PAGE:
The National Ulema Council (MUI), Indonesia’s top Islamic scholarly body, has reportedly found cryptocurrencies like Bitcoin (BTC) to be haram, or forbidden, by the tenets of Islam.
Asrorun Niam Sholeh, chairman of MUI’s Fatwa Commission, confirmed the religious authority’s rejection of cryptocurrencies due to alleged elements of “uncertainty, wagering and harm.”
In order for the MIU to endorse crypto trading, cryptocurrencies like Bitcoin need to abide by Shariah guidelines as a commodity or a digital asset and show a “clear benefit,” Sholeh reportedly said following an expert MIU hearing.
The MIU discussed Bitcoin as part of the Ulama Fatwa Commission, which is designed to address some of Indonesia’s biggest social, political, economic and legal issues through the lens of Islamic law.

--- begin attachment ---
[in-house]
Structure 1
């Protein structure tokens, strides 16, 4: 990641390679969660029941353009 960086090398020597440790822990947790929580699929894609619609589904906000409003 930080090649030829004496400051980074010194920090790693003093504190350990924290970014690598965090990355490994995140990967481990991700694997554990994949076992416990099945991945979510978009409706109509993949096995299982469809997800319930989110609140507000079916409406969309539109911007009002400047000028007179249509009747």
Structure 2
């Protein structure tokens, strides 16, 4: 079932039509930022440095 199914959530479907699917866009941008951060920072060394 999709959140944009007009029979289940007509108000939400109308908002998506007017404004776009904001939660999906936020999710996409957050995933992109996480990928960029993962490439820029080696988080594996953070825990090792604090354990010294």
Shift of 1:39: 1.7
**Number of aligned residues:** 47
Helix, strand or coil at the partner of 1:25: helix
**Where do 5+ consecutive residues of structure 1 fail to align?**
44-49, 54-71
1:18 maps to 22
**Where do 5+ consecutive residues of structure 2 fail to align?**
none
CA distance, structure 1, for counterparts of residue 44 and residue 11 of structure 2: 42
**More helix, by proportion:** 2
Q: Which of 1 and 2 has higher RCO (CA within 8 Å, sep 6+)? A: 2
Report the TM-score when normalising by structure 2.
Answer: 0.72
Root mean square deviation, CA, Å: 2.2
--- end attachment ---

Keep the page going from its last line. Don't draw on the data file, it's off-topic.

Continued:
The MIU’s East Java branch previously issued a fatwa — a “formal ruling or interpretation on a point of Islamic law given by a qualified legal scholar” — declaring the use of cryptocurrency haram in late October.
While the MIU is a government-funded organization, the council’s latest decision is reportedly not legally binding. Despite the MUI admitting that the fatwa is not law in Indonesia, it still can be used as a source of “legislative inspiration,” according to some sources.
According to Bloomberg, the latest decision from the MUI doesn’t mean that all crypto trading will be stopped in Indonesia. However, the council could deter Muslims from investing in crypto and make local institutions reconsider issuing crypto assets.
The news comes shortly after Bitcoin briefly passed the $69,000 price mark for the first time in history on Nov. 10.
The Indonesian government has taken a mixed stance on crypto regulation. Despite putting a blanket ban on cryptocurrency payments back in 2017, local authorities have preferred to keep crypto trading legal. In August, local crypto exchange Pintu raised $35 million from some of the biggest investors in the crypto and blockchain industry.